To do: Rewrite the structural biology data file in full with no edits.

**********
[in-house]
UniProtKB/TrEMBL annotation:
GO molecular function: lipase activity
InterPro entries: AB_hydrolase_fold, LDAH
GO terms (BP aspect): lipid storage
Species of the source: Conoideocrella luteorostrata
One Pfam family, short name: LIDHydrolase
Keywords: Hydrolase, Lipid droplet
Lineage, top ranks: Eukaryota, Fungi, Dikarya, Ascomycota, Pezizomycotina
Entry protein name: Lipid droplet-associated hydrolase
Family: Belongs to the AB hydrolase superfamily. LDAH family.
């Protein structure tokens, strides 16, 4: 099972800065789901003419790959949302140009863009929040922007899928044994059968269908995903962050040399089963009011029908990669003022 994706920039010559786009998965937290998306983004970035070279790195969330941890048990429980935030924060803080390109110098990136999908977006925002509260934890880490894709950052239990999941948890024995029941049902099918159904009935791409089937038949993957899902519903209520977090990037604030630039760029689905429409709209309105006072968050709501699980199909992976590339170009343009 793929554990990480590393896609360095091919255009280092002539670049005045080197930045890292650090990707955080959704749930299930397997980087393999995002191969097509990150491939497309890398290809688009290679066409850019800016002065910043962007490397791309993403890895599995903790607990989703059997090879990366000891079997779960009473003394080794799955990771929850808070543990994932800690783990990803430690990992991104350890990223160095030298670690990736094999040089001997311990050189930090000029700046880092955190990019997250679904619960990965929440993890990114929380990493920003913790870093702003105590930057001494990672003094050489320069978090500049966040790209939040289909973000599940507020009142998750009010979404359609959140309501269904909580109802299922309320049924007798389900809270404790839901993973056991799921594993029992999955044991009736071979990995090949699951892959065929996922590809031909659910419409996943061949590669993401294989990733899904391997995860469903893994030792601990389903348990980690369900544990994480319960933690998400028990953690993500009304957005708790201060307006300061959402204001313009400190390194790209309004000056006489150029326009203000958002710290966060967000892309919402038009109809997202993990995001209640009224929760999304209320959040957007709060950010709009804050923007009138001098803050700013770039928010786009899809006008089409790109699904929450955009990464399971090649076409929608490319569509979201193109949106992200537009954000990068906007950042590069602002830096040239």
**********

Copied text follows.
[in-house]
UniProtKB/TrEMBL annotation:
GO molecular function: lipase activity
InterPro entries: AB_hydrolase_fold, LDAH
GO terms (BP aspect): lipid storage
Species of the source: Conoideocrella luteorostrata
One Pfam family, short name: LIDHydrolase
Keywords: Hydrolase, Lipid droplet
Lineage, top ranks: Eukaryota, Fungi, Dikarya, Ascomycota, Pezizomycotina
Entry protein name: Lipid droplet-associated hydrolase
Family: Belongs to the AB hydrolase superfamily. LDAH family.
């Protein structure tokens, strides 16, 4: 099972800065789901003419790959949302140009863009929040922007899928044994059968269908995903962050040399089963009011029908990669003022 994706920039010559786009998965937290998306983004970035070279790195969330941890048990429980935030924060803080390109110098990136999908977006925002509260934890880490894709950052239990999941948890024995029941049902099918159904009935791409089937038949993957899902519903209520977090990037604030630039760029689905429409709209309105006072968050709501699980199909992976590339170009343009 793929554990990480590393896609360095091919255009280092002539670049005045080197930045890292650090990707955080959704749930299930397997980087393999995002191969097509990150491939497309890398290809688009290679066409850019800016002065910043962007490397791309993403890895599995903790607990989703059997090879990366000891079997779960009473003394080794799955990771929850808070543990994932800690783990990803430690990992991104350890990223160095030298670690990736094999040089001997311990050189930090000029700046880092955190990019997250679904619960990965929440993890990114929380990493920003913790870093702003105590930057001494990672003094050489320069978090500049966040790209939040289909973000599940507020009142998750009010979404359609959140309501269904909580109802299922309320049924007798389900809270404790839901993973056991799921594993029992999955044991009736071979990995090949699951892959065929996922590809031909659910419409996943061949590669993401294989990733899904391997995860469903893994030792601990389903348990980690369900544990994480319960933690998400028990953690993500009304957005708790201060307006300061959402204001313009400190390194790209309004000056006489150029326009203000958002710290966060967000892309919402038009109809997202993990995001209640009224929760999304209320959040957007709060950010709009804050923007009138001098803050700013770039928010786009899809006008089409790109699904929450955009990464399971090649076409929608490319569509979201193109949106992200537009954000990068906007950042590069602002830096040239």